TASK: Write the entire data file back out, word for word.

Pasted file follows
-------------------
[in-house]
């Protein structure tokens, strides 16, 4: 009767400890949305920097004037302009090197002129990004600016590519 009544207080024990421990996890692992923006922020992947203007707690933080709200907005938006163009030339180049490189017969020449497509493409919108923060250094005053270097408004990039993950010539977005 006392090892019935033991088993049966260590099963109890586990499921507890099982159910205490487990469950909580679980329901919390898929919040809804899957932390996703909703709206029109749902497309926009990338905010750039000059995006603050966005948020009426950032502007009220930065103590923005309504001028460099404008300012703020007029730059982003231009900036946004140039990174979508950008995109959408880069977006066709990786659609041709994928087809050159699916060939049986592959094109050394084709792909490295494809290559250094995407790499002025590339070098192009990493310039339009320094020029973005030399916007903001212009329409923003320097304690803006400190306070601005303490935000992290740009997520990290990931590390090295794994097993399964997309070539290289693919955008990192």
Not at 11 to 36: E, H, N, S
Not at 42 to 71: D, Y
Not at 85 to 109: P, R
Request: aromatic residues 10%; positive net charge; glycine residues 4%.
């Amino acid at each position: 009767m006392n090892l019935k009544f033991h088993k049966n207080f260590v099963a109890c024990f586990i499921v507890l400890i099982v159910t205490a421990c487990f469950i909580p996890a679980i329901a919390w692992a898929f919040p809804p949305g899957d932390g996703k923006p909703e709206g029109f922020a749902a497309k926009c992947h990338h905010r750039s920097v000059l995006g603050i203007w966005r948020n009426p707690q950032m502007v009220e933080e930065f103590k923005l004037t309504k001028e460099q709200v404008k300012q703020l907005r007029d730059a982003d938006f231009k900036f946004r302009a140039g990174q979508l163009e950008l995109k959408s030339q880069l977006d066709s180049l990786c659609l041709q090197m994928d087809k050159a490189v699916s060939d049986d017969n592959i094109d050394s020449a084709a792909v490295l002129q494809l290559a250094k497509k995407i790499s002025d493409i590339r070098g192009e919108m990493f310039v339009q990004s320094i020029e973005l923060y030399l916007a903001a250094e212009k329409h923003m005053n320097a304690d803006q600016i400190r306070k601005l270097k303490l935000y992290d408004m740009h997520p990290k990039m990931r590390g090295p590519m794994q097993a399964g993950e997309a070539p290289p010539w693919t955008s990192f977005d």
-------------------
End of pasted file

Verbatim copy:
[in-house]
């Protein structure tokens, strides 16, 4: 009767400890949305920097004037302009090197002129990004600016590519 009544207080024990421990996890692992923006922020992947203007707690933080709200907005938006163009030339180049490189017969020449497509493409919108923060250094005053270097408004990039993950010539977005 006392090892019935033991088993049966260590099963109890586990499921507890099982159910205490487990469950909580679980329901919390898929919040809804899957932390996703909703709206029109749902497309926009990338905010750039000059995006603050966005948020009426950032502007009220930065103590923005309504001028460099404008300012703020007029730059982003231009900036946004140039990174979508950008995109959408880069977006066709990786659609041709994928087809050159699916060939049986592959094109050394084709792909490295494809290559250094995407790499002025590339070098192009990493310039339009320094020029973005030399916007903001212009329409923003320097304690803006400190306070601005303490935000992290740009997520990290990931590390090295794994097993399964997309070539290289693919955008990192």
Not at 11 to 36: E, H, N, S
Not at 42 to 71: D, Y
Not at 85 to 109: P, R
Request: aromatic residues 10%; positive net charge; glycine residues 4%.
């Amino acid at each position: 009767m006392n090892l019935k009544f033991h088993k049966n207080f260590v099963a109890c024990f586990i499921v507890l400890i099982v159910t205490a421990c487990f469950i909580p996890a679980i329901a919390w692992a898929f919040p809804p949305g899957d932390g996703k923006p909703e709206g029109f922020a749902a497309k926009c992947h990338h905010r750039s920097v000059l995006g603050i203007w966005r948020n009426p707690q950032m502007v009220e933080e930065f103590k923005l004037t309504k001028e460099q709200v404008k300012q703020l907005r007029d730059a982003d938006f231009k900036f946004r302009a140039g990174q979508l163009e950008l995109k959408s030339q880069l977006d066709s180049l990786c659609l041709q090197m994928d087809k050159a490189v699916s060939d049986d017969n592959i094109d050394s020449a084709a792909v490295l002129q494809l290559a250094k497509k995407i790499s002025d493409i590339r070098g192009e919108m990493f310039v339009q990004s320094i020029e973005l923060y030399l916007a903001a250094e212009k329409h923003m005053n320097a304690d803006q600016i400190r306070k601005l270097k303490l935000y992290d408004m740009h997520p990290k990039m990931r590390g090295p590519m794994q097993a399964g993950e997309a070539p290289p010539w693919t955008s990192f977005d």